by Dr. Burl W. Randolph Jr.

Perfection is NOT required to be successful.

I cannot think of one thing in my life that I did perfectly.

I have never been thin (We live in a skinny-obsessed world).

I have never been a straight A student (Close, 3.95/4.0 GPA, and it only took me 40+ years).

I have never had more than a few ‘Likes’ on any post (Like = Success in today’s society).

In nearly 32 years in the Army, I never scored 100 on a Physical Fitness test (295/300).

By all accounts, I have been a dismal failure on the leadership success journey, or have I?

While we have been led to believe that perfection is the destination and the journey, I have never met the ‘Perfect Person.’ So, the question becomes: Is perfection a necessity for successful leadership?

Because I am so imperfect but by some accounts highly successful, I would need to answer No. Perfection in leadership is a fairytale, a myth. I would say that Perfection = Successful Leadership = Fake News.

Yes, I am a Recovering Perfectionist but our group never meets because we cannot agree on the perfect time and place.

Does this sound like you? Is perfectionism ruining your business? Your life? Here are a few techniques I used to achieve success, while striving for perfection in an imperfect world.

  • Set Objectives You are Passionate about Achieving. My major objective in life was to become a Soldier, so I work tirelessly at meeting the requirements. I always had the mental, emotional, and moral capacities, but lacked the physical capabilities. I was never a thin guy trapped in a fat guys body, just a fat guy who liked Twinkies. I do not recall having a twinkie between 1983 and 2014, but I made up for it in 2014! Have you set objectives that you are passionate about achieving? Have you set any objectives?
  • Know Your Limitations, and Break Them. No matter how much I wished, I never became six feet tall. My weight was always a limitation in everything I did in life, and as a Soldier: appearance, fitness, stamina, and selection. Weight was only a limitation, not a deterrent. I broke my limitation several times and held it at bay for over 10 years. Now, it is simply a matter of pride, not an objective. I had other limitations, but merely chose to focus on my weight. Do you know your limitations? Are you willing to break them? Have you ever tried?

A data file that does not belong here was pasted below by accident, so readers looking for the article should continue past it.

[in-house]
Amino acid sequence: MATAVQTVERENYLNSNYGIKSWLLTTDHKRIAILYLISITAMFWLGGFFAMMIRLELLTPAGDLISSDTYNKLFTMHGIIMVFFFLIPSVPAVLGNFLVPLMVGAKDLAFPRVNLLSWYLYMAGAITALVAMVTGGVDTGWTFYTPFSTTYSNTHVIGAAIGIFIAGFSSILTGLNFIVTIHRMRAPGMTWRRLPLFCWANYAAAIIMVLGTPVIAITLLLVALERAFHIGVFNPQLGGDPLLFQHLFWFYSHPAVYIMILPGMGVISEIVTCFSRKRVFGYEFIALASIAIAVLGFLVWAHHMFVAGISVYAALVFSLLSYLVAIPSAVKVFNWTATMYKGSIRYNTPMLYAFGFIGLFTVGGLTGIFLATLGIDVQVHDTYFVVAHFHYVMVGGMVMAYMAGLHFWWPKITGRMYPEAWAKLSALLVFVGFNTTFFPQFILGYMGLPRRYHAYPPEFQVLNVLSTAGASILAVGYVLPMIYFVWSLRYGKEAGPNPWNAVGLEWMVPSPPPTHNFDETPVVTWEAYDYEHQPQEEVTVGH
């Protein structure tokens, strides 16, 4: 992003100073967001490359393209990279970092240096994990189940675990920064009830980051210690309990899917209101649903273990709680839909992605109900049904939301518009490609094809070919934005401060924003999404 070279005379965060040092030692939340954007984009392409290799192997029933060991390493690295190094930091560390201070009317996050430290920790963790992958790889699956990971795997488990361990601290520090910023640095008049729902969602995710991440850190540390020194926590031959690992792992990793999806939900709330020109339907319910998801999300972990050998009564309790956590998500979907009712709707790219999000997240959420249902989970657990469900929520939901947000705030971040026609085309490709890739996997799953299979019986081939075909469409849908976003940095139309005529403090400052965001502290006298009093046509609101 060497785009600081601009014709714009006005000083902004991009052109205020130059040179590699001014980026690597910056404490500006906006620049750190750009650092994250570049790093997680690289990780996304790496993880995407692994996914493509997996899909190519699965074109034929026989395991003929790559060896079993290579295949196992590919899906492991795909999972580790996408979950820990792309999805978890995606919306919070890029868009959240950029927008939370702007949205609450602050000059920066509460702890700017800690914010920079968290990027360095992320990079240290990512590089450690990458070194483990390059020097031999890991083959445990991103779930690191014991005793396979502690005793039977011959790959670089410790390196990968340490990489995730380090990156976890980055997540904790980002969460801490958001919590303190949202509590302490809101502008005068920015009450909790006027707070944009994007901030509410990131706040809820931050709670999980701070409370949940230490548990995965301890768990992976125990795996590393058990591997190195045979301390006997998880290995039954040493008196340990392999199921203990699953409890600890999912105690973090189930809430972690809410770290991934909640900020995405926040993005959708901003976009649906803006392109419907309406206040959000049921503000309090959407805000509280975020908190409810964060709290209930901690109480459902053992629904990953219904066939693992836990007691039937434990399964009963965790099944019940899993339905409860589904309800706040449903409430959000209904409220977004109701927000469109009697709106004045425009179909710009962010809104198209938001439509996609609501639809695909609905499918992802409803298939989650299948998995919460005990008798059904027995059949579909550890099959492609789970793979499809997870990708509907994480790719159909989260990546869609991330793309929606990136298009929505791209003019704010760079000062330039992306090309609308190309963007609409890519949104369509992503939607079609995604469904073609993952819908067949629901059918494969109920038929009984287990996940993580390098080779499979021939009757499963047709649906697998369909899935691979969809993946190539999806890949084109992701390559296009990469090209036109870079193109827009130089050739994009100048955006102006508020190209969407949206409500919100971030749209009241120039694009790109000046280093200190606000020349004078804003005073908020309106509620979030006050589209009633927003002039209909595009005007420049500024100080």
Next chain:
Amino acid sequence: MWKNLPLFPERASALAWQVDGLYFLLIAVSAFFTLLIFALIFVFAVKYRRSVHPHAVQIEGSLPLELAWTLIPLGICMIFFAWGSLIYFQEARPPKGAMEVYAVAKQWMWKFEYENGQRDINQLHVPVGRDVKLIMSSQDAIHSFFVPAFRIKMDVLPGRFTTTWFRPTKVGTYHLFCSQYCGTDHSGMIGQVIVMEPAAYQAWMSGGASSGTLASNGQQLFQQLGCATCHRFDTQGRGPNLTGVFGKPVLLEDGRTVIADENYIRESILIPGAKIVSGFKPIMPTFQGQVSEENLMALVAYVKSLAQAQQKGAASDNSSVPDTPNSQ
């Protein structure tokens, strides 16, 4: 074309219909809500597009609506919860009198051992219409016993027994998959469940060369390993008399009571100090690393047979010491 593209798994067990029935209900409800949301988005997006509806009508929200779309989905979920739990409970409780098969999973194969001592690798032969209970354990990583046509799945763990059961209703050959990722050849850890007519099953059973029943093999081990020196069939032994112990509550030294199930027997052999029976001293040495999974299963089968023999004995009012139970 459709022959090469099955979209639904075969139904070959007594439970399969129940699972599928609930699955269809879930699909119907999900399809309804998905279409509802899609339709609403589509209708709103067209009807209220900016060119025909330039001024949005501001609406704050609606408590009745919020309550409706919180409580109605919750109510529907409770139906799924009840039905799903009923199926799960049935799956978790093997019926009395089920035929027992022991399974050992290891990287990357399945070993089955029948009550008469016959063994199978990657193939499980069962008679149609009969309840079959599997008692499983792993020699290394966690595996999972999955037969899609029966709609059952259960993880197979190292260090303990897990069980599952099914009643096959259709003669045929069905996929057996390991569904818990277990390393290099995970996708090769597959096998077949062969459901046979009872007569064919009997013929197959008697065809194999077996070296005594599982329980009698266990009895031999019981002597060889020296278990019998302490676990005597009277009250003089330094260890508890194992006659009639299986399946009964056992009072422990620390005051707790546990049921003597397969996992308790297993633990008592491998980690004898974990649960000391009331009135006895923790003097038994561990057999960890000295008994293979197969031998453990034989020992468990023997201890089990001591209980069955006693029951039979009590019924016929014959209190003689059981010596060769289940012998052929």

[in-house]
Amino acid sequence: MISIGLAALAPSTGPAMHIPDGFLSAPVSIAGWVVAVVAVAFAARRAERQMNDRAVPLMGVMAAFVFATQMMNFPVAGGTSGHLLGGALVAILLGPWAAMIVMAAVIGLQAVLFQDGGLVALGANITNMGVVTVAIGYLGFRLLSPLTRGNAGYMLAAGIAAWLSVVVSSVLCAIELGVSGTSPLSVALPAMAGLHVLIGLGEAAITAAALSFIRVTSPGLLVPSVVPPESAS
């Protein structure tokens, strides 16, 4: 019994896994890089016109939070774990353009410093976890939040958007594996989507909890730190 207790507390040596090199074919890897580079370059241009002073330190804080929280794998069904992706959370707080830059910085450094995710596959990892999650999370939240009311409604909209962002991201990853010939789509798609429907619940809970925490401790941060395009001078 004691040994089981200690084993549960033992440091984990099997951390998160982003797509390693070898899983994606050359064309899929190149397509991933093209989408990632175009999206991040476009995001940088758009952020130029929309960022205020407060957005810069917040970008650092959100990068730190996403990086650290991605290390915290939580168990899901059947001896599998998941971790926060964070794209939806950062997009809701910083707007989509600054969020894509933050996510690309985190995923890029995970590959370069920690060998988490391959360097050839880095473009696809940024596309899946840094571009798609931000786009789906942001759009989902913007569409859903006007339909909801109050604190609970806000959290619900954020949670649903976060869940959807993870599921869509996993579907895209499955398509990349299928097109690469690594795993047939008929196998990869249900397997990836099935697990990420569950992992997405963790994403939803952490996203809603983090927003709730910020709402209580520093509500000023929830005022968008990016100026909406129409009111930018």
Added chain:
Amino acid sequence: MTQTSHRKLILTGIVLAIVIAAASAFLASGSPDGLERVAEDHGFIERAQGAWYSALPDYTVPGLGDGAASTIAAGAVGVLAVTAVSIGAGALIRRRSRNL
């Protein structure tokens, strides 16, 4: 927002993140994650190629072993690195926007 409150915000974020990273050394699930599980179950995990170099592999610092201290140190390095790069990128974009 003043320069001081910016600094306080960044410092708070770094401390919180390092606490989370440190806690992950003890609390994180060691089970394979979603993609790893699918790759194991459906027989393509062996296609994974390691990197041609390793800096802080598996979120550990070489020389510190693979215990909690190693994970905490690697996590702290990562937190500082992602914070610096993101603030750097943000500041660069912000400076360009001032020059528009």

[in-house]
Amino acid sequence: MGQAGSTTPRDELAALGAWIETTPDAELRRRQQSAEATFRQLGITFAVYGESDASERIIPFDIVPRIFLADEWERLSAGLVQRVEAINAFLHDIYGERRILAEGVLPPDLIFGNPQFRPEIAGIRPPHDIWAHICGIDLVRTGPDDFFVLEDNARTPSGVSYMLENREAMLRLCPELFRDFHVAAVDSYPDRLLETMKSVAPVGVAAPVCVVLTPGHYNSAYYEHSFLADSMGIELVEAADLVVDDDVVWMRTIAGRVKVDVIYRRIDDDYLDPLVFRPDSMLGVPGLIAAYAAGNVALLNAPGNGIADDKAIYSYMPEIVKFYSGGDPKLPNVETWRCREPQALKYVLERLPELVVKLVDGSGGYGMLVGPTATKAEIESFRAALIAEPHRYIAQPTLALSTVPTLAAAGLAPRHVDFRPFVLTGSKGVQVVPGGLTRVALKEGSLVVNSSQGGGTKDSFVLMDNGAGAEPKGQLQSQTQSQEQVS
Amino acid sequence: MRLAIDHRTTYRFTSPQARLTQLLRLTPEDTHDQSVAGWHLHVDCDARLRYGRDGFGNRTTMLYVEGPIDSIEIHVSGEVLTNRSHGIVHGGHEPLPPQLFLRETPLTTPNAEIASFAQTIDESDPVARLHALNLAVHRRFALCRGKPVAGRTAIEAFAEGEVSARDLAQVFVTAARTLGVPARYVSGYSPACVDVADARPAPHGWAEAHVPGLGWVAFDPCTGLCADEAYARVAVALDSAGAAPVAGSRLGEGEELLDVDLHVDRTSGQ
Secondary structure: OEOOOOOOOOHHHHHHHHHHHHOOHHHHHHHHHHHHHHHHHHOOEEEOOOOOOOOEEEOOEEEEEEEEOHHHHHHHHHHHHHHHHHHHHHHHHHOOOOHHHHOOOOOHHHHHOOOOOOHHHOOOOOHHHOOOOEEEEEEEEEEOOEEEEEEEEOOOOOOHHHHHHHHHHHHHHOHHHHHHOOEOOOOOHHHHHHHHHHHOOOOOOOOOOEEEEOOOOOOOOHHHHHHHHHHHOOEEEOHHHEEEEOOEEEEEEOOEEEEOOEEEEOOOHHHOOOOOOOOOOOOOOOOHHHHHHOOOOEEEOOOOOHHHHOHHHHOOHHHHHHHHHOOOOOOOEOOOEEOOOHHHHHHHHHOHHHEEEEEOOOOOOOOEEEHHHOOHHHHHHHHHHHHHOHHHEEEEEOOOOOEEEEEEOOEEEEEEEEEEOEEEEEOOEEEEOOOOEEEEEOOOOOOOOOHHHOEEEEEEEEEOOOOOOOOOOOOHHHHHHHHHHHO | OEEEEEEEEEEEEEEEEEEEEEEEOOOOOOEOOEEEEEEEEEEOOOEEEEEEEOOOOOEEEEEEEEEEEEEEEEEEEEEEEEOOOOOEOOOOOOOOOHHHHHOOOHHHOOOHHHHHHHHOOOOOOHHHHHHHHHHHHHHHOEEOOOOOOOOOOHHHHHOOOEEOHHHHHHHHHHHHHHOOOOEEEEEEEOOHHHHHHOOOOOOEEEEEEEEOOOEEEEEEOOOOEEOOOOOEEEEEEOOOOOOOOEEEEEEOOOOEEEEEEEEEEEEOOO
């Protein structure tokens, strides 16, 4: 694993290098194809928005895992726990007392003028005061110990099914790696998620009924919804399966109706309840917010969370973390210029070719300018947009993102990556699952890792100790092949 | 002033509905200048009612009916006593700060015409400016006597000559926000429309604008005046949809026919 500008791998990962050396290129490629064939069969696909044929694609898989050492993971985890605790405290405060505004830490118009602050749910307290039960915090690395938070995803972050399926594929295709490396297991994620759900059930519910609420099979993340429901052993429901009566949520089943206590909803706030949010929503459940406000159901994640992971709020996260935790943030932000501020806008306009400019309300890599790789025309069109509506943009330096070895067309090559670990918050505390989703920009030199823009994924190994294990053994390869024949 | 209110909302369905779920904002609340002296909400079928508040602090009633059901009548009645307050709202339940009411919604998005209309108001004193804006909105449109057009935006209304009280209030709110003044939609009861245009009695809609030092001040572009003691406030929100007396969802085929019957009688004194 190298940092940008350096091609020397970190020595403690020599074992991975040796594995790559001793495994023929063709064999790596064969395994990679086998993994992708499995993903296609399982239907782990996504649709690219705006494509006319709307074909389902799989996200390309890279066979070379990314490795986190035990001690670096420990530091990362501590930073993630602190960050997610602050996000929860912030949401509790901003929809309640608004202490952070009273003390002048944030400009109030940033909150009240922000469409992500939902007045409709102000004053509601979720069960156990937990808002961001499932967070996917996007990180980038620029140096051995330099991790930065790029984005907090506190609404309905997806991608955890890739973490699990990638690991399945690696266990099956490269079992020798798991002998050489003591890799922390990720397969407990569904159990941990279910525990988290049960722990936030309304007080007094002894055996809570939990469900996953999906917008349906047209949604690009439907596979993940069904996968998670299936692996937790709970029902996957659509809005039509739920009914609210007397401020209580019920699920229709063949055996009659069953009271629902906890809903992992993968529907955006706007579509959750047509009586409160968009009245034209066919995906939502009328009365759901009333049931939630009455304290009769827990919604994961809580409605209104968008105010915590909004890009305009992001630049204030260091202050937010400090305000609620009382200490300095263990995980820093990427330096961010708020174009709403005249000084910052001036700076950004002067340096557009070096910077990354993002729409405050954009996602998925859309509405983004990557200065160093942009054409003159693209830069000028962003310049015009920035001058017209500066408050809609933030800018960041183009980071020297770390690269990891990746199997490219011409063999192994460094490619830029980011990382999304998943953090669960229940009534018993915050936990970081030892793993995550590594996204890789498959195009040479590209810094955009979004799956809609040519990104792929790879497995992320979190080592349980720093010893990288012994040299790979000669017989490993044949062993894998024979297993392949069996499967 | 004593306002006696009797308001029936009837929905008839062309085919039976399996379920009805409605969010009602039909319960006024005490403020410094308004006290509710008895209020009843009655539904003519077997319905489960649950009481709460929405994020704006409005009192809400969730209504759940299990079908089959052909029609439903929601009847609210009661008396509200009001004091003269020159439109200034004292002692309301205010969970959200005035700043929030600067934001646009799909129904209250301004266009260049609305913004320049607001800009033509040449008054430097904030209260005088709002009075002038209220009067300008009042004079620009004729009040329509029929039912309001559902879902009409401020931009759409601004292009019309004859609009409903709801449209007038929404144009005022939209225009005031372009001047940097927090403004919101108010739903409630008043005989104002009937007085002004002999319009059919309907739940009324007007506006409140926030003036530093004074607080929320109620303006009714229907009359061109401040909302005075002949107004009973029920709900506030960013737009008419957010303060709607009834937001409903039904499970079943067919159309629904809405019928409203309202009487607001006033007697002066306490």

• Engage in a One-Person Competition. I have only been a fierce competitor with one person in my life: Myself. If I can live up to my own expectations, then I can achieve what I set my mind to. General of the Army Omar Bradley said it best: “Always do your very best and the rest will take care of itself.” Are you competing against yourself, or the world? Who’s winning?
  • Maintain Your Faith. Being imperfect is tough, and so is being successful. Steve Harvey said in 2007 that, “Being successful is hard work.” From Platoon Leader of 40, to G2 of 140k in war, some days I just did not feel it. I had to lean on my faith – spiritual, familial, friendships, to get me through those agonizing times, and still do.
  • Embrace Your Imperfections. I had to embrace my imperfections when I forgot my tee shirt for eighth grade gym class and there was only one left to borrow from the cadre. Coach Burgett told the assistant: “Willie don’t need no tee shirt. Give Big Burl a tee shirt.” Big Burl was my new name for the remainder of a loooonnngggg school year, but I capitalized on that in high school when I transformed into: B3 – Big Bad Burl. How can your imperfections work for you?
  • Strive for Potential, not Perfection. Some people have more potential than others, but everyone may be able to achieve their potential. Helping people unlock their potential, and then pursue it was a key element to my success as a leader. Not everyone will follow my path, or take my journey, but may need help in discovering their own. Are you helping employees achieve potential or perfection? Has perfection been achieved in your organization, or discontentment?

With my lack of perfection, and all my imperfections, I managed to become a successful leader. Perfection for successful leadership is fake news and can drive organizations, relationships, and people to destructive ends. How will you achieve success as a leader, without pursuing blind perfection? Are you developing potential versus perfection?

Are you limiting yourself by not asking for help?

How will you achieve success as a leader?

Will you ‘Like’ this post and share it ferociously with others?

2 replies
  1. Karen Smith
    Karen Smith says:

    Nicely written article with many nuggets of wisdom and insights. Training the brain to respond positively to what life brings you is the best way to live, as well as have a solid relationship with yourself and others.

    • Dr. Burl W Randolph Jr
      Dr. Burl W Randolph Jr says:

      Thank you so much Karen for the kind words. Retraining our brains to think in a more positive manner is tough but absolutely necessary for leaders. Because leaders set the pace, tone, and standard for others to emulate, leader self-analysis, development, and actualization is necessary to help others succeed.

      Take care.

      Dr. Burl


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